With a decade of investing under its belt, NDRC is looking to the next 10 years.
The NDRC in Dublin has cemented its status as one of Europe’s top start-up accelerators after revealing that its companies raised more than €50m in funding last year.
Not only that but, with the market capitalisation of its entire portfolio nearing €500m prior to January 2018, the end of the year saw the accelerator realise more than €1m from its various investments.
‘It has not gone unnoticed that the gap between the stage where NDRC invests in start-ups, and where further private monies come in, has widened’
– BEN HURLEY
The NDRC provided support to more than 80 start-ups through acceleration and pre-acceleration activities during 2018, making investments in 32 new digital businesses.
The bulk of the €50m was achieved by biotech AI player Nuritas, which secured €30m in investment from the European Investment Bank.
Other companies to achieve critical funding rounds include Artomatix, Cortechs and EnteraSense while car giant Renault acquired a majority stake in iCabbi.
A world of opportunity
2018 also saw the inaugural NDRC at ArcLabs investment accelerator programme launched in Waterford, with the completion of the second NDRC at PorterShed investment programme in Galway in December.
Elsewhere, the partnership with the Oman Technology Fund (OTF), which sees the accelerator assist in an early-stage accelerator programme in Muscat, saw its second cohort visit Dublin to continue its progression towards scaling internationally. NDRC provides expertise as well as personnel over the course of the three-month programmes, with the required capital investment coming from OTF.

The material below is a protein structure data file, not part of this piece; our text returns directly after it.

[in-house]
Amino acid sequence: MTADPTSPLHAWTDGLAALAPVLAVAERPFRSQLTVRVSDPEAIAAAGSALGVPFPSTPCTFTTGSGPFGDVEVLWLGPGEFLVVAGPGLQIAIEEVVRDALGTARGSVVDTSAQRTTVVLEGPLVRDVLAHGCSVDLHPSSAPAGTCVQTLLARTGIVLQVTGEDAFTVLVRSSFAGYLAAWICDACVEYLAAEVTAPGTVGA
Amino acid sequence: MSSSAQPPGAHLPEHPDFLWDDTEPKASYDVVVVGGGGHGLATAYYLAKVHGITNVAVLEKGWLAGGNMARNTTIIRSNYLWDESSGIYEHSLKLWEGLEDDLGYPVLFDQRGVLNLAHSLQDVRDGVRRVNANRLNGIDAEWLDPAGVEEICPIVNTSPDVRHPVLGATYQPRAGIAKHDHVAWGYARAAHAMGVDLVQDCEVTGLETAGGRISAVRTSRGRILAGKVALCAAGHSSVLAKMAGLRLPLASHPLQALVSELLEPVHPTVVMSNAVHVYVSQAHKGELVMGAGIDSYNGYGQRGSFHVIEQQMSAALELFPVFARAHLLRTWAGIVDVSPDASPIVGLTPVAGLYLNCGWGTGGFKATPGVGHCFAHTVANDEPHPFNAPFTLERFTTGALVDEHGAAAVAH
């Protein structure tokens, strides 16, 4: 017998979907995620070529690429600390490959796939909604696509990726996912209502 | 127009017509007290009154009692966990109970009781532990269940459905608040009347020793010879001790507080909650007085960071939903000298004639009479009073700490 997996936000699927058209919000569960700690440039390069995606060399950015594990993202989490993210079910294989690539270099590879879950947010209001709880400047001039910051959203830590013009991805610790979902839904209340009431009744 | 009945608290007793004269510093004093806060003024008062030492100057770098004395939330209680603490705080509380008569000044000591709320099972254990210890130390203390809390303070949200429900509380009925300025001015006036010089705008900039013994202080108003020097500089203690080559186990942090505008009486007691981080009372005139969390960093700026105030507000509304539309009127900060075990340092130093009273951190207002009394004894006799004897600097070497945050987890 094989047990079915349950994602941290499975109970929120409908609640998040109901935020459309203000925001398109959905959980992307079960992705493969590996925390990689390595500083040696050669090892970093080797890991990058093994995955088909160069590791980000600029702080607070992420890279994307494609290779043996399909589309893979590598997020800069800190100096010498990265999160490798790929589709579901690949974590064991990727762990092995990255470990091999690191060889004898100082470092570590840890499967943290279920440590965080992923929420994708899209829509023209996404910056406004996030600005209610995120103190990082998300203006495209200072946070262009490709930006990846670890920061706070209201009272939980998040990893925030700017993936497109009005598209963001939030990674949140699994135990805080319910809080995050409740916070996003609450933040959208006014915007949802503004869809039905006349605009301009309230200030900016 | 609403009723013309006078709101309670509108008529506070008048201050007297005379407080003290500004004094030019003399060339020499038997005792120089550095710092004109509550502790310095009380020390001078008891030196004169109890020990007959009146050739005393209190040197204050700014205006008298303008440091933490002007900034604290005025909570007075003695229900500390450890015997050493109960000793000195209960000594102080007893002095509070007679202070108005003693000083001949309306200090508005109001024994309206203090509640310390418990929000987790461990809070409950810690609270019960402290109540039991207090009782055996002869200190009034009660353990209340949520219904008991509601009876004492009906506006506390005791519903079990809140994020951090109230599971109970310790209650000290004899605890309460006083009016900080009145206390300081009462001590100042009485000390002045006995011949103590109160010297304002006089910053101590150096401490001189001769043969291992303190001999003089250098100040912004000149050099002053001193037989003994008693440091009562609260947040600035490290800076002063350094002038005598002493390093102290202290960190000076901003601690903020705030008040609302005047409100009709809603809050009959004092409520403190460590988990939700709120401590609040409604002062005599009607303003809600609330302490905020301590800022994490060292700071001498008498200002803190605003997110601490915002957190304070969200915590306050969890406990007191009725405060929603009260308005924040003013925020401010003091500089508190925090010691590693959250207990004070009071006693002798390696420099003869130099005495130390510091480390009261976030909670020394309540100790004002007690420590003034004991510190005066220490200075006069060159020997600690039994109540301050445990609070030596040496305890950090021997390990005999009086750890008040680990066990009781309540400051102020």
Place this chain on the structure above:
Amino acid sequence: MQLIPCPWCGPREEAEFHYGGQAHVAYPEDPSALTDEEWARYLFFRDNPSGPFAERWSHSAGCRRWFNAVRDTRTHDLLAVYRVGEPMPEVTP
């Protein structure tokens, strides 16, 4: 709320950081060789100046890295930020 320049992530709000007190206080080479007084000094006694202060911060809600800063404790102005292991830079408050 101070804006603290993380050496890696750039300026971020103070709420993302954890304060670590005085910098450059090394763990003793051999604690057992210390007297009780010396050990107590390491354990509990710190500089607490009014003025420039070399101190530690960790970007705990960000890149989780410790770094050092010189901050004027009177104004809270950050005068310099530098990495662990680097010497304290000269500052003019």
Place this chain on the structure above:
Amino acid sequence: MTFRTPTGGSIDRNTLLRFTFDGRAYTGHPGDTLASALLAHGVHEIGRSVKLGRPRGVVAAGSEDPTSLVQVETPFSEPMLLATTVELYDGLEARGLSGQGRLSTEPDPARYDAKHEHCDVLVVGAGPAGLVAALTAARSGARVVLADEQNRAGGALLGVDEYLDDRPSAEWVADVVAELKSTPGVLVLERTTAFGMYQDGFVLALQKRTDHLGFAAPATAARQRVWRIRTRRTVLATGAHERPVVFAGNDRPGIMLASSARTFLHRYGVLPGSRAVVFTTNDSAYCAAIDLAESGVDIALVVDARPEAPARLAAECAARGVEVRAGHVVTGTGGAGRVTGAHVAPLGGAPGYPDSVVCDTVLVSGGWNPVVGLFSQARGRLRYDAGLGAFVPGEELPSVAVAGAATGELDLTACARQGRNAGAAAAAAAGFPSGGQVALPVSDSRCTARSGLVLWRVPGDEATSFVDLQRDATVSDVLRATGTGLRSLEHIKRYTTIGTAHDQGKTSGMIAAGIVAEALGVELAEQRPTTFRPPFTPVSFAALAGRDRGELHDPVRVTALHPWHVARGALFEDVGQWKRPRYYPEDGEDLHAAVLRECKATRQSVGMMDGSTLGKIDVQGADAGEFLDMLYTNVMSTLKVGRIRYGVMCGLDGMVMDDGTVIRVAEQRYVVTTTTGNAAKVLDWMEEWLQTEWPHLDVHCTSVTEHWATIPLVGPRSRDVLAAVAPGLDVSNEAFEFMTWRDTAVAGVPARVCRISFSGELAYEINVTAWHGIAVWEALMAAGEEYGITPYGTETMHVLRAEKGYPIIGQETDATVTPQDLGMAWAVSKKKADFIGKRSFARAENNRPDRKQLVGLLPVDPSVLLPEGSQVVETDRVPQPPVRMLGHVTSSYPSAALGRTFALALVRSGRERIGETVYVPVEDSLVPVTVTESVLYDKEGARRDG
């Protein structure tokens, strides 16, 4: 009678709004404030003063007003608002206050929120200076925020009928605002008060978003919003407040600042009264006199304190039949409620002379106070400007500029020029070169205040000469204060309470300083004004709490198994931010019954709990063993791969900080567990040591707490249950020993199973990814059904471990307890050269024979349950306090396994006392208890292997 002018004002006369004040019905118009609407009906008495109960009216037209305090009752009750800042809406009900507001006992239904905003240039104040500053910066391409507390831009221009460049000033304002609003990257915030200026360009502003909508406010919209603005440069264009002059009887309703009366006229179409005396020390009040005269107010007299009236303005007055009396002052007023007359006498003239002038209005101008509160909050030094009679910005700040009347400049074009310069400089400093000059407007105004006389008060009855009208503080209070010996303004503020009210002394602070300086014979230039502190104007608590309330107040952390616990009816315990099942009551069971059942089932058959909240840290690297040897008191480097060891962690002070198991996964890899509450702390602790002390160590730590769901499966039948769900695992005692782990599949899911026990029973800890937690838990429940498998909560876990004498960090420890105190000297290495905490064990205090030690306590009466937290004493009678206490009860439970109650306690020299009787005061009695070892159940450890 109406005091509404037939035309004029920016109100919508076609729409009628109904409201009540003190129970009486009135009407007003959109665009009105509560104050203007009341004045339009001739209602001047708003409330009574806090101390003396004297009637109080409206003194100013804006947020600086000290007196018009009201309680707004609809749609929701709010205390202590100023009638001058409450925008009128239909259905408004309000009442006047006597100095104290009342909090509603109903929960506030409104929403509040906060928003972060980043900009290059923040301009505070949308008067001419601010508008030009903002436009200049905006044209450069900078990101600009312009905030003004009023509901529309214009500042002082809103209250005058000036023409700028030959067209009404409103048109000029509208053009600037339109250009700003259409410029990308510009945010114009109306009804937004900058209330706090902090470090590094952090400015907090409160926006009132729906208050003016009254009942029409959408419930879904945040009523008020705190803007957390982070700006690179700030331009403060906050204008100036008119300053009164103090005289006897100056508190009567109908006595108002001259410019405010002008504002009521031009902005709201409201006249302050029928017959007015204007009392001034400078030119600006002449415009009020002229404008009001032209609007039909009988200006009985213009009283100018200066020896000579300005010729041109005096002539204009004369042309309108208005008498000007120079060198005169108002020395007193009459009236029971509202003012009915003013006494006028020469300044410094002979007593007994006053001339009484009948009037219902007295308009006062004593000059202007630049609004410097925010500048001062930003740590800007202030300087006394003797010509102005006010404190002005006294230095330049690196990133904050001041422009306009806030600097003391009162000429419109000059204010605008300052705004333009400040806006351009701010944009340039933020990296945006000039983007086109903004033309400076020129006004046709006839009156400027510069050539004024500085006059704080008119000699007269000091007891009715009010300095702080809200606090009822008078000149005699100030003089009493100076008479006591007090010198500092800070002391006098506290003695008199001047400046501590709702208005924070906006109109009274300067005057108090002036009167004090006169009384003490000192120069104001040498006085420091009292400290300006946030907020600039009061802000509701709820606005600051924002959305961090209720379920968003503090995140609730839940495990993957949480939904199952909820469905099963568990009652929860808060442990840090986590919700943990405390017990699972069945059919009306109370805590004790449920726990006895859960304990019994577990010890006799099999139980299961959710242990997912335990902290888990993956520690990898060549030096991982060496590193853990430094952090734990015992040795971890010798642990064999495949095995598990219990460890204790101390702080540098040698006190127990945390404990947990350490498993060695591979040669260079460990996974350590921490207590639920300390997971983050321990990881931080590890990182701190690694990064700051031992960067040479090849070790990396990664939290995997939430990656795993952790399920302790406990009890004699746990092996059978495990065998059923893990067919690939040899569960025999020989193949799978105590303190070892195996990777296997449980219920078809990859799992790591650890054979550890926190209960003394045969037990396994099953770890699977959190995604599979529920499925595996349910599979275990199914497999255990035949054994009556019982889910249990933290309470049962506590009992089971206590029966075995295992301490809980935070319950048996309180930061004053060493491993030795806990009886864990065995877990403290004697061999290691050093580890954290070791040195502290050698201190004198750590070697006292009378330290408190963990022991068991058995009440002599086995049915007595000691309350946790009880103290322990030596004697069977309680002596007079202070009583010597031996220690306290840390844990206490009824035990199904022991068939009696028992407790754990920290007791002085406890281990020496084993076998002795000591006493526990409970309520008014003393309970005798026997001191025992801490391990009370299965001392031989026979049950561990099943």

“Nuritas, iCabbi, Artomatix, EnteraSense, Cortechs – while there is no doubt that this is a diverse group of companies, they share two things in common: their NDRC heritage and a passionate resilience that enabled them to successfully secure substantial new funds in 2018,” said NDRC CEO Ben Hurley.
“What we have seen throughout 2018 is a continued level of investment interest in NDRC start-ups.”
Despite the good news in funding, discrepancies are emerging that indicate a steep decline in venture capital investment in Ireland.
“It has not gone unnoticed that the gap between the stage where NDRC invests in start-ups, and where further private monies come in, has widened. This is why we have already taken a fresh look at how we do things for 2019, with an increased level of capital to be invested in each start-up being a feature of our current strategy.
“What we are striving for through 2019 is continued levels of success among our near 300 start-ups, with our next decade of investing developing ever greater outcomes,” said Hurley.